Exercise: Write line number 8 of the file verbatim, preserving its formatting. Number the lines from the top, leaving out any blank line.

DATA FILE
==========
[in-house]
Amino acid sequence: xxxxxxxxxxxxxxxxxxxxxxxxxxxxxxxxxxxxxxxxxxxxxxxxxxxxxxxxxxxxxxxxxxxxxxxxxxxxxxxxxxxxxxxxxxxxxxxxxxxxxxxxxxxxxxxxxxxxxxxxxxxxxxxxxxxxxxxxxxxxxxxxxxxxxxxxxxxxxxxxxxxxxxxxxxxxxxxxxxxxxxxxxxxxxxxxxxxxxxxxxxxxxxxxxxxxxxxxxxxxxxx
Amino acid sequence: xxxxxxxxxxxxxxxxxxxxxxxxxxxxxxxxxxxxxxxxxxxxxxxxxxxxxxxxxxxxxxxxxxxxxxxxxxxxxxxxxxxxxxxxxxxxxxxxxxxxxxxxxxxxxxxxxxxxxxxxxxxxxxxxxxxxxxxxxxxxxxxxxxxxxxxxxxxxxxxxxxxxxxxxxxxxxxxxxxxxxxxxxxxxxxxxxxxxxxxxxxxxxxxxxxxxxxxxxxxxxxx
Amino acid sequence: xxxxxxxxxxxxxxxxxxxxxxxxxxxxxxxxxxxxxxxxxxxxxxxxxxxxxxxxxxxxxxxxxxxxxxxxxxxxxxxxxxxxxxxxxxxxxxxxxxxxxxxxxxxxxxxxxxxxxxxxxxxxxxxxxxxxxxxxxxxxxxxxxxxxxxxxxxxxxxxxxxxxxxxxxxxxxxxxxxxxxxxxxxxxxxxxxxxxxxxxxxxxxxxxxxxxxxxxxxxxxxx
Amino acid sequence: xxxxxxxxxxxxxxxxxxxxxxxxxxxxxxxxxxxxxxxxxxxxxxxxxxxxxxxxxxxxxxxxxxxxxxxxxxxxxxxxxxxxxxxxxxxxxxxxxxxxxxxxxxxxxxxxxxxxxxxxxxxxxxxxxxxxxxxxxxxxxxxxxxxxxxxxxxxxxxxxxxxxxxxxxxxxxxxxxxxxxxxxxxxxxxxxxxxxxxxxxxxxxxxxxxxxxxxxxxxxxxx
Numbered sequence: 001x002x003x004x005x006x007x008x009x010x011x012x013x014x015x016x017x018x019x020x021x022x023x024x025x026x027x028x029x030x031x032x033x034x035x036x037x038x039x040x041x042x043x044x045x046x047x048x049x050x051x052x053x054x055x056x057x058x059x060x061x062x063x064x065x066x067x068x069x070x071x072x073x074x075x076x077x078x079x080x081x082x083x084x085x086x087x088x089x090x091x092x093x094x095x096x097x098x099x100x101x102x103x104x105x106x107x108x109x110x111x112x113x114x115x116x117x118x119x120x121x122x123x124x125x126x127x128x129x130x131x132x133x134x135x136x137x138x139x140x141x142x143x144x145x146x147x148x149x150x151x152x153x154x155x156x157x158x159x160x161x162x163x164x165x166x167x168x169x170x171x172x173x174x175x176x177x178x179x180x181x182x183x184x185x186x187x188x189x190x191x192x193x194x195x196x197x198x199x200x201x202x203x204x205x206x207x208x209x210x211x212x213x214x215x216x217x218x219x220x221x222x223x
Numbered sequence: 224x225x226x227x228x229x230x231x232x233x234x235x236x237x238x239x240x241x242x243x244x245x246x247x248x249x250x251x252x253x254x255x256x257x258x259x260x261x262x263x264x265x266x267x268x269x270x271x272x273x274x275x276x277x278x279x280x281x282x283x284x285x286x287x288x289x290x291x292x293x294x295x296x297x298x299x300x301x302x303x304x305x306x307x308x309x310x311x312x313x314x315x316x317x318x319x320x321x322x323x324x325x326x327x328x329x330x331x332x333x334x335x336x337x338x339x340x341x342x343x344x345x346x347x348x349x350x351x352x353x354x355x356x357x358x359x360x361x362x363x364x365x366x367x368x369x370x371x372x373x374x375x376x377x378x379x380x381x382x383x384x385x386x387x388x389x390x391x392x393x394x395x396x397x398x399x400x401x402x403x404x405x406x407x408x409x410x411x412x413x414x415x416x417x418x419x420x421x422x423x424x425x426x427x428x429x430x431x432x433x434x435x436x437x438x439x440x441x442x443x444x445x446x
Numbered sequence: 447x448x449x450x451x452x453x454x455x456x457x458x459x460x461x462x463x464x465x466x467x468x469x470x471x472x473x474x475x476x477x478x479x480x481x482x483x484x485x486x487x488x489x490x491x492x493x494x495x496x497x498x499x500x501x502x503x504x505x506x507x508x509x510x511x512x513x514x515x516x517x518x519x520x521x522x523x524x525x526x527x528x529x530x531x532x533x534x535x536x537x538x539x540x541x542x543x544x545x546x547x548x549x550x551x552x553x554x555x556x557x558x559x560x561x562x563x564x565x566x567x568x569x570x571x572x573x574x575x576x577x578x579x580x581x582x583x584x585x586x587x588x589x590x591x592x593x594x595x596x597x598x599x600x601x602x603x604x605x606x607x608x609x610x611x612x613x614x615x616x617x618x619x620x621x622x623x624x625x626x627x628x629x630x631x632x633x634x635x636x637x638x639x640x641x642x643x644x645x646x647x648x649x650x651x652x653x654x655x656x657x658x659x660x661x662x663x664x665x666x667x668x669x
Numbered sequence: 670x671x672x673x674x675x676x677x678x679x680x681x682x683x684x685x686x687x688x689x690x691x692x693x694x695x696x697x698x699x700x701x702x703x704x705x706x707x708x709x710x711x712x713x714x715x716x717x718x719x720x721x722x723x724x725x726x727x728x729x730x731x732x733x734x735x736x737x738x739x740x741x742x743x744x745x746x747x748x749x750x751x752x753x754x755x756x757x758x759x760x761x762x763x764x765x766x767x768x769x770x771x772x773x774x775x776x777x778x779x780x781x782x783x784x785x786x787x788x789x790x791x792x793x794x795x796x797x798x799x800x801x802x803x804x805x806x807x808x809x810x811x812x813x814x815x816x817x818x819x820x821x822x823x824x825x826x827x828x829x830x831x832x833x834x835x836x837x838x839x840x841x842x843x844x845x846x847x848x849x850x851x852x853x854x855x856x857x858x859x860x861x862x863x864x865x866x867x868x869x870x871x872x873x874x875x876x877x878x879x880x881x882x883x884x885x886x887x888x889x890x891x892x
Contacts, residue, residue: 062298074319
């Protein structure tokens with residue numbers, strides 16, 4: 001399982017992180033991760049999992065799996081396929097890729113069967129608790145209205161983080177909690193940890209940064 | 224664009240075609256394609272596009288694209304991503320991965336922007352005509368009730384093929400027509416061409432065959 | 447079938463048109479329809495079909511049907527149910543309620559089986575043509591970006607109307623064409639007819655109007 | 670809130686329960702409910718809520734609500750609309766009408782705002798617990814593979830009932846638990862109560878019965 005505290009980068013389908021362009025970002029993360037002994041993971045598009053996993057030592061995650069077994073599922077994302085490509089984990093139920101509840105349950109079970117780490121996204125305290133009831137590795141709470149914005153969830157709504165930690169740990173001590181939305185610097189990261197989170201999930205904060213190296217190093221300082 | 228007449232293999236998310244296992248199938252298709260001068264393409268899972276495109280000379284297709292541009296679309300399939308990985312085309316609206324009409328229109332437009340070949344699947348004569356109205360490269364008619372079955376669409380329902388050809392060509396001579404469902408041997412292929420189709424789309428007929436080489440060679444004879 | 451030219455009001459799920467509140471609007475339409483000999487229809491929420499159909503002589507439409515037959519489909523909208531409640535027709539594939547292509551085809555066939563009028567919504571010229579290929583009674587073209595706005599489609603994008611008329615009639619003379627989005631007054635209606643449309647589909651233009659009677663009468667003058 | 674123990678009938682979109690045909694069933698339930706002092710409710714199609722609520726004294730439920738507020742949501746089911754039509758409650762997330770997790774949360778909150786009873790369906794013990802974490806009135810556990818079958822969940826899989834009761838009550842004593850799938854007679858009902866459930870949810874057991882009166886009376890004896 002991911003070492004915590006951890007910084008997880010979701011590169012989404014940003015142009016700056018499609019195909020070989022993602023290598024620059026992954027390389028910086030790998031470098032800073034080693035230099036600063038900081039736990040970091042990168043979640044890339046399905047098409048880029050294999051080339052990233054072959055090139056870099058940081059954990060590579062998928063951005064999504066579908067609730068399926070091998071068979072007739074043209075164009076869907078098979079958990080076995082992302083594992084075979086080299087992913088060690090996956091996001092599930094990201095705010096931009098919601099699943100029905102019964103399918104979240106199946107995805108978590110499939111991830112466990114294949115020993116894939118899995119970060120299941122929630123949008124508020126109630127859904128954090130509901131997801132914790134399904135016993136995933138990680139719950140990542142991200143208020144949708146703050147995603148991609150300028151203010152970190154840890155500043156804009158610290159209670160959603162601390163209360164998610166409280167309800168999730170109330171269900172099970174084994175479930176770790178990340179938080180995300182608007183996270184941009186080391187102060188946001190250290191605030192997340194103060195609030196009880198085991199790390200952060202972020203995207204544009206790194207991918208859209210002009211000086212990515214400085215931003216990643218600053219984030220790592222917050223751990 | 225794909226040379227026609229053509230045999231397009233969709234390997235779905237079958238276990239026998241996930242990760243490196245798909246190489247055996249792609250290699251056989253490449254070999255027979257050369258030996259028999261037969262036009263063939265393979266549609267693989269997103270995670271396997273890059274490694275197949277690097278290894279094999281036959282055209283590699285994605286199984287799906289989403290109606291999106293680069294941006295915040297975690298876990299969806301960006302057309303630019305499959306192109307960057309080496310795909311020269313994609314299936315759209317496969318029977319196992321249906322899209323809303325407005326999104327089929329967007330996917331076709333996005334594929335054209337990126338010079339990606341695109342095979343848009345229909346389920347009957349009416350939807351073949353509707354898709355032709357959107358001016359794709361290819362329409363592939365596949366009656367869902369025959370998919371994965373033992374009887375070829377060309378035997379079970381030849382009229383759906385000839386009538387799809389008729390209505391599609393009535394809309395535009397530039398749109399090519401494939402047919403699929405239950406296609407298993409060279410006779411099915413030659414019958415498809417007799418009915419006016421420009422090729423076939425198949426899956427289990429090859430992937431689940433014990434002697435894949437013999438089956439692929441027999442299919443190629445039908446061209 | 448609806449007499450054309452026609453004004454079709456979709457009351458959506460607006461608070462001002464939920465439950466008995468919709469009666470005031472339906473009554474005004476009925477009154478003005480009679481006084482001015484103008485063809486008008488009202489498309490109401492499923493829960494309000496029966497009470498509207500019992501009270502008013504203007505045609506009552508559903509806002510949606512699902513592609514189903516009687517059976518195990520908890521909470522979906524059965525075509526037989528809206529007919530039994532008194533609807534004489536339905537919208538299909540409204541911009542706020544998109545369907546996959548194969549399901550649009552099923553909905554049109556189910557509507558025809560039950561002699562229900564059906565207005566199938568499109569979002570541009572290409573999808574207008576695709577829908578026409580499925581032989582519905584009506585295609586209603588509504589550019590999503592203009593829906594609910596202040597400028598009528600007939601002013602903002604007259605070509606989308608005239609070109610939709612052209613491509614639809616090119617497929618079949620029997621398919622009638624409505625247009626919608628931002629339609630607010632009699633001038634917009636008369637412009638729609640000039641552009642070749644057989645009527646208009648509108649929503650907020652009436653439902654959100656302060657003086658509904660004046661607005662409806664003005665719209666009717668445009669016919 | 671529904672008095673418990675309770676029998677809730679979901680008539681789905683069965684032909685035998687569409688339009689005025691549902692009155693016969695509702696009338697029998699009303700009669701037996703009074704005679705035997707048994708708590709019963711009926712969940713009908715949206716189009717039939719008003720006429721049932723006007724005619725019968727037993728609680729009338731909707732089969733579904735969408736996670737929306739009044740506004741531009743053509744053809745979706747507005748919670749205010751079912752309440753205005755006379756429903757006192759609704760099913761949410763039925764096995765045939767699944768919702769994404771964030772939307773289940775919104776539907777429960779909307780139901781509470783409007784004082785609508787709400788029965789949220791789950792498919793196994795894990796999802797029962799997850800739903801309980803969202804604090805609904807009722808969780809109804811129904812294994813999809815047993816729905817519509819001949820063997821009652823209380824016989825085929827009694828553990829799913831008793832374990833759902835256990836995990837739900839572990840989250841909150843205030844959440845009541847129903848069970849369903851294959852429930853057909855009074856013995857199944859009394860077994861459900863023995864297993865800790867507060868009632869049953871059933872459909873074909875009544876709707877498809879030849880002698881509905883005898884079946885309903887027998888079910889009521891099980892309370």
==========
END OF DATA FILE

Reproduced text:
Numbered sequence: 447x448x449x450x451x452x453x454x455x456x457x458x459x460x461x462x463x464x465x466x467x468x469x470x471x472x473x474x475x476x477x478x479x480x481x482x483x484x485x486x487x488x489x490x491x492x493x494x495x496x497x498x499x500x501x502x503x504x505x506x507x508x509x510x511x512x513x514x515x516x517x518x519x520x521x522x523x524x525x526x527x528x529x530x531x532x533x534x535x536x537x538x539x540x541x542x543x544x545x546x547x548x549x550x551x552x553x554x555x556x557x558x559x560x561x562x563x564x565x566x567x568x569x570x571x572x573x574x575x576x577x578x579x580x581x582x583x584x585x586x587x588x589x590x591x592x593x594x595x596x597x598x599x600x601x602x603x604x605x606x607x608x609x610x611x612x613x614x615x616x617x618x619x620x621x622x623x624x625x626x627x628x629x630x631x632x633x634x635x636x637x638x639x640x641x642x643x644x645x646x647x648x649x650x651x652x653x654x655x656x657x658x659x660x661x662x663x664x665x666x667x668x669x